Now, the commission, led by Marc Shaw (whose background as a state and city budget guru served him well as first deputy mayor and as MTA executive director), is considering the advice of traffic experts Brian Ketcham and Carolyn Konheim, among others, in examining several variations on this simplified scheme. Commission staff members estimate that adding tolls to the East River bridges and equivalent charges to cross a northern boundary at 60th Street (rather than at 86th, as City Hall proposes) would double the traffic reductions the mayor seeks and nearly double the revenue – at a fraction of the cost to collect it.

Moreover, the participation of the MTA and Port Authority executive directors on the traffic commission offers an opportunity to develop a unified approach to pricing all the crossings – and thus to rationalizing traffic patterns. Pricing influences driver behavior. The ‘free’ bridges, as well as their feeder roads, are generally more clogged than the tolled tunnels and their approaches.

The tolling alternative would generate more revenue and less traffic than the mayor’s approach. It is simpler to understand and to implement. It acknowledges the geographic reality that Manhattan is an island whose access routes are difficult to build and expensive to maintain. It has only one apparent drawback: It would allow Manhattanites to add to pollution and congestion by moving their cars inside the central business district without constraint. But the city does not need costly cameras and sophisticated software to solve this problem.

First, a 60th Street boundary would capture entry fees from Manhattan’s most significant source of automobile commuters, the Upper East Side. Second, since availability of free parking near the workplace is the single best indicator of whether someone will drive to work in Manhattan, the panel should recommend an array of measures to charge more for parking. Possible actions include modifying metering policies, charging people to park at currently free curb space and revoking residents’ tax exemption for garage parking. City Hall’s recent placard announcement is a much needed first step on the road to parking rationality.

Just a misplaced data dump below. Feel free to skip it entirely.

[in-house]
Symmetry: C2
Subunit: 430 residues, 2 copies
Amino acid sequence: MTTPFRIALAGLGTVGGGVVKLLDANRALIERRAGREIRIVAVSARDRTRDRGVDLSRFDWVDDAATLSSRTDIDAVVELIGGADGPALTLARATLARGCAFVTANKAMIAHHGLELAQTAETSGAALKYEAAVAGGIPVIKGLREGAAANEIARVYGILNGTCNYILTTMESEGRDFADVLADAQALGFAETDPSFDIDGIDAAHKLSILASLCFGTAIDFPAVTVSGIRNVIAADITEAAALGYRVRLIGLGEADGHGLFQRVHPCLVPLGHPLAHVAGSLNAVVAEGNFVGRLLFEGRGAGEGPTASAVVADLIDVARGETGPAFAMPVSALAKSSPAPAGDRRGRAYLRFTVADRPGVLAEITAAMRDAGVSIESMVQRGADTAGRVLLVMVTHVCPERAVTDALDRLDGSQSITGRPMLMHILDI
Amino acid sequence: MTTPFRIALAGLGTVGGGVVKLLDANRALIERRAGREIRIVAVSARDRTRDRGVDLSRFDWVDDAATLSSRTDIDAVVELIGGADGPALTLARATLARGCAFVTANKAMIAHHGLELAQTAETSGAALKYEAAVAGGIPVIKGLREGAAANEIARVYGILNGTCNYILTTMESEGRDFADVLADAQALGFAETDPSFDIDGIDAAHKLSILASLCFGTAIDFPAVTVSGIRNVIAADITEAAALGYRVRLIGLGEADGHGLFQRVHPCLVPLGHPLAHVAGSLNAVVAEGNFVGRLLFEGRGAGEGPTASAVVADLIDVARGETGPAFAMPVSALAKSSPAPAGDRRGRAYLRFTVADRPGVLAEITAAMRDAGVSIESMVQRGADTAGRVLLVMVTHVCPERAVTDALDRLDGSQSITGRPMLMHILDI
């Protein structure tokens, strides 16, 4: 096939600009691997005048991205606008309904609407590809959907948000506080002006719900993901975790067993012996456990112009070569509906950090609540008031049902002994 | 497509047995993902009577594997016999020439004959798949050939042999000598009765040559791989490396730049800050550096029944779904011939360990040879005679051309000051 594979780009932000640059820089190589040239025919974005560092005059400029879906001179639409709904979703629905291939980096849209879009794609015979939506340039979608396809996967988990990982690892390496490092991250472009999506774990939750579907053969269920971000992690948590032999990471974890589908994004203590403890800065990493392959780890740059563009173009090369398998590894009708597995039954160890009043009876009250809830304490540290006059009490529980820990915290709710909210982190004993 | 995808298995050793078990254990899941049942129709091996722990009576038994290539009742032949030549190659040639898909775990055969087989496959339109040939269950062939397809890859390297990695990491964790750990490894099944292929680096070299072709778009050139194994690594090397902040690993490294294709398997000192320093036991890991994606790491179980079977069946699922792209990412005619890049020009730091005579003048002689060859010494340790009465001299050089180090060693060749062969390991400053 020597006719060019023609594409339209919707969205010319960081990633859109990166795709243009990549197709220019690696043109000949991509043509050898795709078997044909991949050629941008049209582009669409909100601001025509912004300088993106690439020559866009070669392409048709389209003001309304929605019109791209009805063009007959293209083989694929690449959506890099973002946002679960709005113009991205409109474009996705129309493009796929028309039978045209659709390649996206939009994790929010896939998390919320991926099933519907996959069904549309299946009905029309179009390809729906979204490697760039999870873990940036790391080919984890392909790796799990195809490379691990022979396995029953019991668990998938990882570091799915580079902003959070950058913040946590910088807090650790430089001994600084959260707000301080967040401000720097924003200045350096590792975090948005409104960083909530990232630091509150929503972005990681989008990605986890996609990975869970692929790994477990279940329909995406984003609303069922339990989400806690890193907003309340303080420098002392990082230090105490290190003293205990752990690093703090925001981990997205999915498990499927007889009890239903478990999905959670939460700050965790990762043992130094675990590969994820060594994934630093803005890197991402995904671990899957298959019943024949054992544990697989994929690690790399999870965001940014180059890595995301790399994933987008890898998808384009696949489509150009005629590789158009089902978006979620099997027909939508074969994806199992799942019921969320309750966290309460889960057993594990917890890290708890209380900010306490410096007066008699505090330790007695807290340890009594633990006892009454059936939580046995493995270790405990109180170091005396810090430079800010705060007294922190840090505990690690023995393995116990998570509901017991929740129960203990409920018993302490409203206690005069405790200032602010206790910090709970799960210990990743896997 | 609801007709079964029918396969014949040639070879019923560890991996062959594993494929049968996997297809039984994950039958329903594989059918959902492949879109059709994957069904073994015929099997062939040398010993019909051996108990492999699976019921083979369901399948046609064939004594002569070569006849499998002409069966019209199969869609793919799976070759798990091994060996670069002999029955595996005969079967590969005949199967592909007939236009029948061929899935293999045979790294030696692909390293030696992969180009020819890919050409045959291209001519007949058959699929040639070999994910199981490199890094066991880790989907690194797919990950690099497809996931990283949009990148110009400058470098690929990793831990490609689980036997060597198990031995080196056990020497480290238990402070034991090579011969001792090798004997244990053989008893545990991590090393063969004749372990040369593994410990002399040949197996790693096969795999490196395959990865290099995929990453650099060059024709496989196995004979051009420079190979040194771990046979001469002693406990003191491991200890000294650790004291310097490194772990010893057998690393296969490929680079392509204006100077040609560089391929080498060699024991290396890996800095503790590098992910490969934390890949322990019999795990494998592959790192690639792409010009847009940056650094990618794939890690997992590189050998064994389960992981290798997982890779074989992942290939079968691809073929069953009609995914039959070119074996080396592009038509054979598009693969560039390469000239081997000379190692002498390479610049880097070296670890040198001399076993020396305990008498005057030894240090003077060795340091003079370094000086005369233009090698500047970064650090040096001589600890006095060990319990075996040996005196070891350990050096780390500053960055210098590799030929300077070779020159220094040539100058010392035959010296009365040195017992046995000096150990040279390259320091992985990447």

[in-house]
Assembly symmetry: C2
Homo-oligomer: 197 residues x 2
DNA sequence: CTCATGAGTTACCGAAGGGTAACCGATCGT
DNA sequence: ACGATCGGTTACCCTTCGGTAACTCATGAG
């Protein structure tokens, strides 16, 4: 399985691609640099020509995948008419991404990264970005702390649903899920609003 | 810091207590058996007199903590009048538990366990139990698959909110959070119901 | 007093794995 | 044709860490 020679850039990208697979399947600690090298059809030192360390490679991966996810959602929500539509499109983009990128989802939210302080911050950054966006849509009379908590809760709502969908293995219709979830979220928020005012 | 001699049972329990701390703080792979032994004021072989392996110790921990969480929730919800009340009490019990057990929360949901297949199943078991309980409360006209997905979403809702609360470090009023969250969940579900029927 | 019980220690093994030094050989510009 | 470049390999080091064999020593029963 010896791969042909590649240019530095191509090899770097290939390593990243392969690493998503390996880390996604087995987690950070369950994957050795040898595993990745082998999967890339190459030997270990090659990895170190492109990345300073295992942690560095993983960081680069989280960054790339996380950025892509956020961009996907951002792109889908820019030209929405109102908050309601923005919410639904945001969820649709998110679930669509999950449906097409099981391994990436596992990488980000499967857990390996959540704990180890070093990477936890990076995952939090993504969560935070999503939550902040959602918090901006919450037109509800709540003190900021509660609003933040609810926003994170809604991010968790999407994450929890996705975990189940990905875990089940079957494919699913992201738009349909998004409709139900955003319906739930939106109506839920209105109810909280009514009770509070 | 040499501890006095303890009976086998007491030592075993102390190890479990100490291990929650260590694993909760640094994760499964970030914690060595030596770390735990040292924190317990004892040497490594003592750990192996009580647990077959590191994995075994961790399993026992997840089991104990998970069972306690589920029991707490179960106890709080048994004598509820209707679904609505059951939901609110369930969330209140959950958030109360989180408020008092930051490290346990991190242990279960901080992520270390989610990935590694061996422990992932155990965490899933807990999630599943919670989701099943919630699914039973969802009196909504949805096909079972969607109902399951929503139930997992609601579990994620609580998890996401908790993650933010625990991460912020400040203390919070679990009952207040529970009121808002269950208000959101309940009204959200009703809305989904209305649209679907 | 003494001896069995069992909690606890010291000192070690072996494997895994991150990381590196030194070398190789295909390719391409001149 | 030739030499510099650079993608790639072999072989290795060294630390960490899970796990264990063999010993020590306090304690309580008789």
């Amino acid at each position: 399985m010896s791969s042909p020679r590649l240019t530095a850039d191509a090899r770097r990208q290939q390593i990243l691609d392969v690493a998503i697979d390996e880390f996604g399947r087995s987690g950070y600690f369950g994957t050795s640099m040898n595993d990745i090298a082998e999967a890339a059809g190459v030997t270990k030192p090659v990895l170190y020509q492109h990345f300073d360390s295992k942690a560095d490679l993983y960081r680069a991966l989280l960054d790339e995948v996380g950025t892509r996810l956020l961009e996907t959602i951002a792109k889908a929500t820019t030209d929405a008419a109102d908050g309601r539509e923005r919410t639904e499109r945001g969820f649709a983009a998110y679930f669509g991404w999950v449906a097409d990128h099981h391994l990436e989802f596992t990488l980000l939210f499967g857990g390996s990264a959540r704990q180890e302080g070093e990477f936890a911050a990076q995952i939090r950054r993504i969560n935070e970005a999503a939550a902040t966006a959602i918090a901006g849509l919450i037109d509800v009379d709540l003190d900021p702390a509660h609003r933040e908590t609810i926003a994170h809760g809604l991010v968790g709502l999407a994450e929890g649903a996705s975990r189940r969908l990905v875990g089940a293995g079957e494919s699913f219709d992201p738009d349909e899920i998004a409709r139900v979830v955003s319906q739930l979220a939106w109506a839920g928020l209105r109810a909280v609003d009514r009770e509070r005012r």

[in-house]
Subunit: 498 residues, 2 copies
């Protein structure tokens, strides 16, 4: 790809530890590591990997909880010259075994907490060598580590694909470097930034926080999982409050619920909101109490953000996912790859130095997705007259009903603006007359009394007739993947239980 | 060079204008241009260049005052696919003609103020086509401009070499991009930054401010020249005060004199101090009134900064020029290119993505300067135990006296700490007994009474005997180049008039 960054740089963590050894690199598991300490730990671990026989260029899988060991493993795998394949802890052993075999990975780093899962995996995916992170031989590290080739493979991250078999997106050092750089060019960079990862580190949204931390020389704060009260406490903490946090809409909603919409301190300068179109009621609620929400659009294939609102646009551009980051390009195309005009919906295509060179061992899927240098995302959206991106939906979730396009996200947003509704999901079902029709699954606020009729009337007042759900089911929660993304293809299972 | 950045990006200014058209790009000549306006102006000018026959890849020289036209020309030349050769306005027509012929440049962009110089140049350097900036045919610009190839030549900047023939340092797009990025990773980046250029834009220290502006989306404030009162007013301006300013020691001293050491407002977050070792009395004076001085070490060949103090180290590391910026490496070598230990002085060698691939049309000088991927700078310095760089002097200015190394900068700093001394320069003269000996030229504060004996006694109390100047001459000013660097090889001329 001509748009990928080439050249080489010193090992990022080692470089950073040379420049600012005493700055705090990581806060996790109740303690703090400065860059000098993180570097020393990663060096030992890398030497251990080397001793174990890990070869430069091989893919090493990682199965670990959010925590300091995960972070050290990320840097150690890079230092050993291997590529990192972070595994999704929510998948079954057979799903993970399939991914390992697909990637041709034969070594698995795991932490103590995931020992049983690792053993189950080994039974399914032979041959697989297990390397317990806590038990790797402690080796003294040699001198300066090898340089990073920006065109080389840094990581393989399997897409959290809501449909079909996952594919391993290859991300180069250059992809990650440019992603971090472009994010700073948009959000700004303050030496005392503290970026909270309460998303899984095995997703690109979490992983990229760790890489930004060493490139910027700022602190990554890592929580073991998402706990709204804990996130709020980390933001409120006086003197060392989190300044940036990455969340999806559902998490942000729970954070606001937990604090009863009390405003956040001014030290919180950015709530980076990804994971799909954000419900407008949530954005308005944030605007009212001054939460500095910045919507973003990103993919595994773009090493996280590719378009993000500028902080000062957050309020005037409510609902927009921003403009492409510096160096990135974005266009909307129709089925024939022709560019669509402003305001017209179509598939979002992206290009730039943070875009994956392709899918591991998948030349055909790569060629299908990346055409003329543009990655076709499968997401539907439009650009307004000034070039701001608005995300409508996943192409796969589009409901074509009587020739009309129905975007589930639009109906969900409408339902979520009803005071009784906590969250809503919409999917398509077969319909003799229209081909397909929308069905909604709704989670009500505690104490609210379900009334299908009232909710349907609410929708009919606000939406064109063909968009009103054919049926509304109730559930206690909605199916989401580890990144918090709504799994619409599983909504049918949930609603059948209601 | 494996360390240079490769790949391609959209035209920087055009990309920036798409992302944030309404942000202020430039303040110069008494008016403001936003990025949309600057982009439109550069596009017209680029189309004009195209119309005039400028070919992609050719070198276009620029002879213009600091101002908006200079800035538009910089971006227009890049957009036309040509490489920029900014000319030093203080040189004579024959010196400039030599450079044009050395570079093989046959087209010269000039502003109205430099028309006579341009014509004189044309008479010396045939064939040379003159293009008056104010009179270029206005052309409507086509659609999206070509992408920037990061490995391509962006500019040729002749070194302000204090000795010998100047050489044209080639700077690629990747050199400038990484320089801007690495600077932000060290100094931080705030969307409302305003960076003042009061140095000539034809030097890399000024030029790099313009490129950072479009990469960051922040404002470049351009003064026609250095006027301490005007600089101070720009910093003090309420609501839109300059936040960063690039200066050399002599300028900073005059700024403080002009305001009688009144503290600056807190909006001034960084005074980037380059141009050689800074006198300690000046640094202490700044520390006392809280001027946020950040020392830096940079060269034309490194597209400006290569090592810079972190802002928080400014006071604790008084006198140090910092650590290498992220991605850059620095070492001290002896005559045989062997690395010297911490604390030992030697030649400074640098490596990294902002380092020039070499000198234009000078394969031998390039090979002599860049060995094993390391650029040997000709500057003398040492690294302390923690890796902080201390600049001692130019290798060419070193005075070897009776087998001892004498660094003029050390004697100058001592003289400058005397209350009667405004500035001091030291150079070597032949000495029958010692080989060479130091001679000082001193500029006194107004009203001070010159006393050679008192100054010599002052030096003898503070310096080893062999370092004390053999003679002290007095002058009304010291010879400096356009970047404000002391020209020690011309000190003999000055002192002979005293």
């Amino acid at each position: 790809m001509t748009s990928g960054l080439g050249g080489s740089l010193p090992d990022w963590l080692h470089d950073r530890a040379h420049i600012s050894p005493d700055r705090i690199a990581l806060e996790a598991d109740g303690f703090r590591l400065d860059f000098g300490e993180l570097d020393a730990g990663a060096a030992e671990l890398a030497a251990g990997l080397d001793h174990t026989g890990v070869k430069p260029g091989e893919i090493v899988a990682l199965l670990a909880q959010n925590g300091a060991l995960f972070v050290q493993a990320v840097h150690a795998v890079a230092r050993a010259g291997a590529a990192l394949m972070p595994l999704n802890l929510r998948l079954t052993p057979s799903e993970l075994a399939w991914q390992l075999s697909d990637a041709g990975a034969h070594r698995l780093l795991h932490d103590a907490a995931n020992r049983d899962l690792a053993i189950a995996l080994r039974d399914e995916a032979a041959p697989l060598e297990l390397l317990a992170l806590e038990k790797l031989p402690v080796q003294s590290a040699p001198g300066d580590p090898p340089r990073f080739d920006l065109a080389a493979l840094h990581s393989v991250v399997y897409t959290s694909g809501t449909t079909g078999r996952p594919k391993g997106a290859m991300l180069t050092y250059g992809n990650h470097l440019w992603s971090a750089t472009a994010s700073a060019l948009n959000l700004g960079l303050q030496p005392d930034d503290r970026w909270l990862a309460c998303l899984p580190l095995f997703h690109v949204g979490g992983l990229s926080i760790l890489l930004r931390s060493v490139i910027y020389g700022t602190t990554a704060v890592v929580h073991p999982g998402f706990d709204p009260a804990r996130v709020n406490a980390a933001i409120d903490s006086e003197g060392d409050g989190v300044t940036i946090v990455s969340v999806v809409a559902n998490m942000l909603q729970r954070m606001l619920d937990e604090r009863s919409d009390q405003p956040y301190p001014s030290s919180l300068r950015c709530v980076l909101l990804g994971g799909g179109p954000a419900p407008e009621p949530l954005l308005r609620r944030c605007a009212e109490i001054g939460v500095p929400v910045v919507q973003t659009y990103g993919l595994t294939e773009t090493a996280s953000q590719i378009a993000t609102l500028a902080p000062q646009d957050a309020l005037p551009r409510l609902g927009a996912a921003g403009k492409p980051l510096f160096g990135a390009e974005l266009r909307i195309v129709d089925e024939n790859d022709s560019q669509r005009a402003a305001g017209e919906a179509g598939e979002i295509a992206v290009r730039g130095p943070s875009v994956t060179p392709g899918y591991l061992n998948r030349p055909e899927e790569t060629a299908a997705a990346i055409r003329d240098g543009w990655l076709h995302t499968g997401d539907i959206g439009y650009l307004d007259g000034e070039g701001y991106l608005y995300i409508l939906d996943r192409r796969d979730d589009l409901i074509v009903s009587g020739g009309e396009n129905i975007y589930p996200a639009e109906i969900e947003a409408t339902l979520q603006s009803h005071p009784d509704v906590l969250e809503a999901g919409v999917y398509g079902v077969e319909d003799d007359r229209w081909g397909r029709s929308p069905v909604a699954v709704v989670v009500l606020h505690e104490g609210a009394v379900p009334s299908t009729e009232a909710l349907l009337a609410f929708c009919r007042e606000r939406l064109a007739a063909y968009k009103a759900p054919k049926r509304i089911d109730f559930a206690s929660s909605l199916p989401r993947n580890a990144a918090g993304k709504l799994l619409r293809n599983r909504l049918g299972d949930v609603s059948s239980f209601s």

Thanks to Mayor Bloomberg, it is finally possible to talk about rearranging New York’s transportation subsidies – from free bridges and cheap parking to strengthened infrastructure and expanded capacity. Now that the conversation can flow freely, the commission, the City Council and the state legislature must negotiate the best ways to improve mobility in the city. By 31 March 2008 – the federal deadline for a program of congestion reduction – New Yorkers need to have moved from talk to action.

*Hope Cohen is deputy director of the Manhattan Institute's Center for Rethinking Development.


Mayor Bloomberg wants to reduce traffic congestion by more than six per cent


On other pages
New Yorkers mostly hostile to suggested congestion charge
When big city mayors, business leaders, and environmentalists gathered recently in New York City to discuss climate change, at the heart of their talks was the effects of carbon emissions on the environment.

The mayors stood under the blazing sun in Central Park and vowed to take a stand, to make their cities greener, with or without the help of their national governments. “We are united in the determination to meet the challenge of climate change,” said New York City Mayor Michael Bloomberg.

Throughout the four-day summit, the mayors discussed ways in which to reduce  the amount greenhouse gases, the so-called carbon footprint of their cities.  One measure that several cities are considering to reduce carbon emissions is traffic pricing.  New York Mayor Michael Bloomberg recently proposed a so-called ‘congestion tax’ on cars entering Manhattan during business hours.

London already has a similar tax. Since 2003, London drivers have had to pay the equivalent of about $16 to enter downtown London. Ken Livingstone is the mayor of London. He has expanded the program to the boroughs of Westminster and Kensington & Chelsea because it has worked so well in the city's center. More